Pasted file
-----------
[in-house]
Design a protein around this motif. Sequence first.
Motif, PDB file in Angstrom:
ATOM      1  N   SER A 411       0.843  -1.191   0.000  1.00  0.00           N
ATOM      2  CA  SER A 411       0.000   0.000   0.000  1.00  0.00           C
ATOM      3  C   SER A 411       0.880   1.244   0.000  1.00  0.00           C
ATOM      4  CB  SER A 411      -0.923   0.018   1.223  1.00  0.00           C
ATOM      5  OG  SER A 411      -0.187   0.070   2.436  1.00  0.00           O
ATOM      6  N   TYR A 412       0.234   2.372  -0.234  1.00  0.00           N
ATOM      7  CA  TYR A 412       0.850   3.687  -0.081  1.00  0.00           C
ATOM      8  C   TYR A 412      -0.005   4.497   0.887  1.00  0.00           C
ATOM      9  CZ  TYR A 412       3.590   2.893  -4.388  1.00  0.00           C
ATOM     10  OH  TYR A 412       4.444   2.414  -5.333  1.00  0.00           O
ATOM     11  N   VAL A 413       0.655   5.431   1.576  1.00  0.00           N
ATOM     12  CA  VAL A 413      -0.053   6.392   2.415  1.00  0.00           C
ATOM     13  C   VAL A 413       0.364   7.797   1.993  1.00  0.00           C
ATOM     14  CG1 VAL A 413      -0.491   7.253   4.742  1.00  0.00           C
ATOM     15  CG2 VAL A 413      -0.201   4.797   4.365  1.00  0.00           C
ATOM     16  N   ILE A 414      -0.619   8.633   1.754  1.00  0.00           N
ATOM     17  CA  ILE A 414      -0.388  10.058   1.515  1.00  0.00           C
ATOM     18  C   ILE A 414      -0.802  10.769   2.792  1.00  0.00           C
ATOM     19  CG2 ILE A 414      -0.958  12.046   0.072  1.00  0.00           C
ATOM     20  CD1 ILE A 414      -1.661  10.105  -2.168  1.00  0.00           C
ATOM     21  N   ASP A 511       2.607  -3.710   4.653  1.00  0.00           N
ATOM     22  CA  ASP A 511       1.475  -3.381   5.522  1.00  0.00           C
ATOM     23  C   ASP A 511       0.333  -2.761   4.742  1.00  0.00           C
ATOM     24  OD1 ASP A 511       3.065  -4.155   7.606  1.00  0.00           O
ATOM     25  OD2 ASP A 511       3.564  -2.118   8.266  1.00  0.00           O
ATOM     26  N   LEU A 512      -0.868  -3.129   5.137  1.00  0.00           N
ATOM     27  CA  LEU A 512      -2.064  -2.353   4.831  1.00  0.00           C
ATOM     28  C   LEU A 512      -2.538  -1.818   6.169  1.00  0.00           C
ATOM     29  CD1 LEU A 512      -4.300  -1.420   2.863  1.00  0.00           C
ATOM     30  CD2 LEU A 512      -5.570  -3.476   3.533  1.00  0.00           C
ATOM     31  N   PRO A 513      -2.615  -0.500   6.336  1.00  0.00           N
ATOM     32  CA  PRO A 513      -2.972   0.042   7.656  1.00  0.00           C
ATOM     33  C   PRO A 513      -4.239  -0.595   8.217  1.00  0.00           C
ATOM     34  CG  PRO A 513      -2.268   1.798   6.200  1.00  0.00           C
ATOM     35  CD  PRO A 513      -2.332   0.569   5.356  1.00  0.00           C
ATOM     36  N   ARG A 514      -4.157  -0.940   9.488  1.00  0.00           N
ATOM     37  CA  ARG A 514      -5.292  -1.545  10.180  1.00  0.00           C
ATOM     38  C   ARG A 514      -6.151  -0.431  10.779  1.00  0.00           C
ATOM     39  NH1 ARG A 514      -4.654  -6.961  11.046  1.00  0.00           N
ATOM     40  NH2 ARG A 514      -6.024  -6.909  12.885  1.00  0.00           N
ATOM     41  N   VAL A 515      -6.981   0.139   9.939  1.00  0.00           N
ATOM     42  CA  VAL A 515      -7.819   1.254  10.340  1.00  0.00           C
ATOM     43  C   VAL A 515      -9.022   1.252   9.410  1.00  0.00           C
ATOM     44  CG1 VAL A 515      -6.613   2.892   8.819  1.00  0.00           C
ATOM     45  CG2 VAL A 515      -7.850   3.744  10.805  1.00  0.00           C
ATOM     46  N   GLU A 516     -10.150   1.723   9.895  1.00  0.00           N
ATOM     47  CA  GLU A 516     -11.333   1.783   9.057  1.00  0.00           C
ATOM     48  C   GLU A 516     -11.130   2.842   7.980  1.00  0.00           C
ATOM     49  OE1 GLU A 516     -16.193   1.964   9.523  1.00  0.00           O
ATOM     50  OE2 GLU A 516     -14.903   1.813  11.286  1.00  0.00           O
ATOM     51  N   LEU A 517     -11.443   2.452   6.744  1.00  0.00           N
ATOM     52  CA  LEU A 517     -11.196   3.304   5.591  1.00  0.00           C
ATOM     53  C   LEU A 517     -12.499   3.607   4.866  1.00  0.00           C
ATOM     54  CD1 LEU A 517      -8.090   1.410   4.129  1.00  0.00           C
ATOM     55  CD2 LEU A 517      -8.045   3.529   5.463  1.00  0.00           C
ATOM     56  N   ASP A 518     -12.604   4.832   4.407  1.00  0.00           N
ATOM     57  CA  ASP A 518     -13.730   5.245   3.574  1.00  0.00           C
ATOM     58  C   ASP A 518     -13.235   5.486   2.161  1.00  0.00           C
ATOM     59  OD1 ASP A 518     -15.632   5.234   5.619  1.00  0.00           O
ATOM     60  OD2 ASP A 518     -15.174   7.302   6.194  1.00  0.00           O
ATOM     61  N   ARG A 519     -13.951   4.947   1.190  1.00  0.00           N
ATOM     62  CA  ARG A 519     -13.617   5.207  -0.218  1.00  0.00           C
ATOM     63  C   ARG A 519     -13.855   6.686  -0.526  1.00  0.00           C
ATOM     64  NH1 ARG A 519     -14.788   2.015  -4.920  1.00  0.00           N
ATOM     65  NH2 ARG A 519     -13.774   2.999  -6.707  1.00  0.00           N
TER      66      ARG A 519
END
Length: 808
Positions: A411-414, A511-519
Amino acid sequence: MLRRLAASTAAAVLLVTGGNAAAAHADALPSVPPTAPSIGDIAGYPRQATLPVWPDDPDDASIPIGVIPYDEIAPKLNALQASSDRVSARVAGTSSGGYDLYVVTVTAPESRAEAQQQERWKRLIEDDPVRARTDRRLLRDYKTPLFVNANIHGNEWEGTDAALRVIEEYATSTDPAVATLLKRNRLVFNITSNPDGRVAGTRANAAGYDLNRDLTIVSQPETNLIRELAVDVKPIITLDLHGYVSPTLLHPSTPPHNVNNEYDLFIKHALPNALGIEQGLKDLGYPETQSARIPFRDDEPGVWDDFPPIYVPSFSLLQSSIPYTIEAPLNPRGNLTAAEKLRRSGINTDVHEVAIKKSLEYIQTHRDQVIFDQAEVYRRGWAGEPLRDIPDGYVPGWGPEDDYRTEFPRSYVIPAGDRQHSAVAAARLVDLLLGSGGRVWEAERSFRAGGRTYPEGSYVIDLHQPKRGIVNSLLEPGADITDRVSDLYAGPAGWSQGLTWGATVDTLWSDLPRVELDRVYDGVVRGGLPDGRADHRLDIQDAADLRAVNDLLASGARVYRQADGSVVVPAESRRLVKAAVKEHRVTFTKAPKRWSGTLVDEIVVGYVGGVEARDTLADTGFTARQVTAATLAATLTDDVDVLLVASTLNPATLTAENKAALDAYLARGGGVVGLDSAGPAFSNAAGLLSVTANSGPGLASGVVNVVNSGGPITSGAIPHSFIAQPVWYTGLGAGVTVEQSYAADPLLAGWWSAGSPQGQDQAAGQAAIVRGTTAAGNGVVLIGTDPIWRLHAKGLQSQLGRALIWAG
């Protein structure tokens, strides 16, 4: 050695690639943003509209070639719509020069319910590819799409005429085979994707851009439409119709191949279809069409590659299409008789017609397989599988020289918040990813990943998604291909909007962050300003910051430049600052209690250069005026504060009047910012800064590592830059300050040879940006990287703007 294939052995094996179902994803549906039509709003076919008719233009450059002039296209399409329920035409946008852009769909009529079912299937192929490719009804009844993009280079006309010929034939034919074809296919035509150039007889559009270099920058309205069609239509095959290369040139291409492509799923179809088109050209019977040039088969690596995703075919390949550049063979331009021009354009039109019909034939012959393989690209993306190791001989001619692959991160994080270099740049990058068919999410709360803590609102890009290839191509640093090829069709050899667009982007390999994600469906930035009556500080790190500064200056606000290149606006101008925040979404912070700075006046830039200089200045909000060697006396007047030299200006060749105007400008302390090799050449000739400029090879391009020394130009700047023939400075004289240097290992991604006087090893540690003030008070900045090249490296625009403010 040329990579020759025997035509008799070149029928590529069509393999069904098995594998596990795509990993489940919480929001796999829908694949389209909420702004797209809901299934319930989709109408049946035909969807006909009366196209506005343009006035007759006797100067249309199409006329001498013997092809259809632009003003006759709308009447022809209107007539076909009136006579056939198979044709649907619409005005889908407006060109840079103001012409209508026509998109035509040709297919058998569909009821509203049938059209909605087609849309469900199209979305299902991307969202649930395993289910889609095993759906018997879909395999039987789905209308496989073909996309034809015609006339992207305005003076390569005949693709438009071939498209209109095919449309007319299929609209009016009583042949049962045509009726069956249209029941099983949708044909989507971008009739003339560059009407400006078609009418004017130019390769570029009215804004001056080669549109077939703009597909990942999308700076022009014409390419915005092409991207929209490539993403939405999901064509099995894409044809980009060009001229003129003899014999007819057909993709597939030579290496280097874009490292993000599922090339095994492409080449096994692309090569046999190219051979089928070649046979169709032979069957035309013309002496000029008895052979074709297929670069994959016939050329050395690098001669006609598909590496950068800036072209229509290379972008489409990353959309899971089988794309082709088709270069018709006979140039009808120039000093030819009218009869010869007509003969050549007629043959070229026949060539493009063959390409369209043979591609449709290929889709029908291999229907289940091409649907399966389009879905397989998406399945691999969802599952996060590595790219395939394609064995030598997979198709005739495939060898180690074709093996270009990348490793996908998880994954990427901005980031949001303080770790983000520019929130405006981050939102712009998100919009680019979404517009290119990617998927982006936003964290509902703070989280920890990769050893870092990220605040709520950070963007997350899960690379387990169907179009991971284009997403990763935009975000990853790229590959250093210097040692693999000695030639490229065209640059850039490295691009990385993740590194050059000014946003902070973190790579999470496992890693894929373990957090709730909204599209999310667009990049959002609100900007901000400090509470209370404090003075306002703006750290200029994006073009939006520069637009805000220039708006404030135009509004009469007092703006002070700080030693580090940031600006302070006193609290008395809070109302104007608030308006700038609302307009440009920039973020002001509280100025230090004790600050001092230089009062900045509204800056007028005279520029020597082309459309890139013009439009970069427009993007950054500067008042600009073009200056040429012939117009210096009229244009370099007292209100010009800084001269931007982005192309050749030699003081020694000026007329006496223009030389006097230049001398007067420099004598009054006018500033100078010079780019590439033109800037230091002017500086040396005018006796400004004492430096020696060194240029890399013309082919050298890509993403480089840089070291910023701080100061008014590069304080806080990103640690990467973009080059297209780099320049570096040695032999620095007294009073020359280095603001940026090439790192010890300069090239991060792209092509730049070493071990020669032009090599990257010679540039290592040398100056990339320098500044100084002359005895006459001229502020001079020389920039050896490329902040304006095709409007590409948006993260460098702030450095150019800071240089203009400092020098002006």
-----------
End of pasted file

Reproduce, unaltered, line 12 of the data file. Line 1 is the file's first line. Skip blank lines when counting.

ATOM      9  CZ  TYR A 412       3.590   2.893  -4.388  1.00  0.00           C